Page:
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Lidocaine 12.5%, Tetracaine 12.5%, Prilocaine 3%, Phenylephrine 3% Topical Anesthetic
BTT 12.5 Gel or Ointment
The Best Topical for Dental Procedures is The Baddest Topical in Town
The best topical for dentists is the Baddest Topical in Town™ (BTT 12.5). This gel is an effective combination of three anesthetic ingredients and a vasoconstrictor. It is often used as a pre-injection topical anesthetic for soft tissue and palatal procedures.
Compound topical anesthetics like BTT 12.5 are used for a variety of procedures including:
- Scaling and root planing
- Soft tissue and palatal procedures
- Pre-injection numbing
- Placement of orthodontic Temporary Anchorage Devices (TADs)
- Taking impressions and intra-oral radiographs
BTT 12.5 is available in multiple flavors in an extra-thick gel and is packaged in plastic squeeze bottles (oral syringe and adapter included).
The Baddest Topical in Town™ is also available in a thick plasticized ointment base. This ointment can be applied with a Q-Tip or micro-brush to the dried mucosal surface prior to the procedure.
The ingredients in this topical anesthetic include lidocaine 12.5%, tetracaine 12.5%, prilocaine 3%, and phenylephrine 3%. Together these ingredients offer the most powerful topical anesthetic available. Because the combined anesthetics are powerful, it is important to follow a few basic instructions.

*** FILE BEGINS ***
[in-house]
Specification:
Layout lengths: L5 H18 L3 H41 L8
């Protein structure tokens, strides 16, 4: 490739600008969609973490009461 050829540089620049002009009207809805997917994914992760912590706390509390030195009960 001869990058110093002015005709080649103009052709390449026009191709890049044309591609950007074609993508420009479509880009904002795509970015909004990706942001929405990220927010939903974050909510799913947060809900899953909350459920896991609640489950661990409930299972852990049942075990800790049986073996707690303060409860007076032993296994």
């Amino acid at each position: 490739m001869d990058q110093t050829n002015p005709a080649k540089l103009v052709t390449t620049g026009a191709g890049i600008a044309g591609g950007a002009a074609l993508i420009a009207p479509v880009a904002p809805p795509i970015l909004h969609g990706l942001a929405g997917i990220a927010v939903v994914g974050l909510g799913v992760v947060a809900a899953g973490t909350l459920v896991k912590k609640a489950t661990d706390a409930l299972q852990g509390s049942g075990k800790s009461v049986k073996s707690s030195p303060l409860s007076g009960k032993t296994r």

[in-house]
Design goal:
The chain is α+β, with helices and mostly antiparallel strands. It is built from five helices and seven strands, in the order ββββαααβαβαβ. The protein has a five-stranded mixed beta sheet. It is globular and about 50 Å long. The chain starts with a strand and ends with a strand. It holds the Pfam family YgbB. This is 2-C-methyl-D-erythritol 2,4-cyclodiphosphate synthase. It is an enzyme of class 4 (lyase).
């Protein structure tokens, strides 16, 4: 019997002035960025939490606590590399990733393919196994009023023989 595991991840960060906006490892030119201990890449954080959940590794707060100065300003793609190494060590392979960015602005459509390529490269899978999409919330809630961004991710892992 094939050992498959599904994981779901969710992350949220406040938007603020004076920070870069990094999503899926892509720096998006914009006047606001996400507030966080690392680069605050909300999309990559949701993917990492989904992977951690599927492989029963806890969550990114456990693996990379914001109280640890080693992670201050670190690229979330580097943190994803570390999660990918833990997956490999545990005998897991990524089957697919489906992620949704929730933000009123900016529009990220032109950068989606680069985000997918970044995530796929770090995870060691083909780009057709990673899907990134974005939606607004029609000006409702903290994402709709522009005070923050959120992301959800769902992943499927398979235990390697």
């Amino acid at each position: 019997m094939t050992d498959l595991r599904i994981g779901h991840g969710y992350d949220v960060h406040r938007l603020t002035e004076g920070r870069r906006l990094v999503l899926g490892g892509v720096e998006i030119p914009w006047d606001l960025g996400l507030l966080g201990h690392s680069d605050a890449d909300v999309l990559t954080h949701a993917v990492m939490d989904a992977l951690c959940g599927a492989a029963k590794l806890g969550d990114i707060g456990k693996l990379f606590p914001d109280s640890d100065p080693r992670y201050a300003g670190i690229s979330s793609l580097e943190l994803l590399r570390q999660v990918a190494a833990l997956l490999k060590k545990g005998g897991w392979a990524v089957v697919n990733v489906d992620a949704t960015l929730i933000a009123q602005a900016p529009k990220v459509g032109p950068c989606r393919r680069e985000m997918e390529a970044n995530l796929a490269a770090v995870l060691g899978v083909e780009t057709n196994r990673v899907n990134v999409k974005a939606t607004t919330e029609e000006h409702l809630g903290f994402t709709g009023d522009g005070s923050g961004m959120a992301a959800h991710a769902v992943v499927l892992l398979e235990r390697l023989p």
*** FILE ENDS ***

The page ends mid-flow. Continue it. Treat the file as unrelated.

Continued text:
- Clean and dry the area where topical anesthetic gel will be applied.
- Apply dental anesthetic gel sparingly to the mucosa.
- Rinse off within 2-3 minutes to avoid sloughing of tissue.
- Full anesthesia will occur in about 5 minutes and last around 20-30 minutes.
NOTE: DENTAL ANESTHETIC GELS MAY CAUSE NECROSIS (SLOUGHING OF TISSUE). DO NOT LEAVE GEL ON MUCOSA LONGER THAN 2-3 MINUTES.
- If dental anesthetic gel will be used on the entire mouth for cleaning, anesthetize quadrants separately. Do not use on the entire mouth at once.
- Apply dental anesthetic gel with a cotton-tipped applicator or with gauze. Anesthetic can be placed on the gauze and held on the area to be numbed.
- Many dentists take 3g/3ccs of the anesthetic gel and divide it among 4 strips of gauze that will each fit one quadrant, which comes to about 0.75g per quadrant
Download Prescription Forms for the Best Topical Ever
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Articles and Links
Update on Dental Topical Anesthetics – Decisions in Dentistry
Compound topical anesthetics in orthodontics: Putting the facts into perspective – American Journal of Orthodontics and Dentofacial Orthopedics
Comparative efficacy of 2 topical anesthetics for the placement of orthodontic temporary anchorage devices. – Anesthesia Progress
Using Topical Anesthetic before Propel [Video] – Vimeo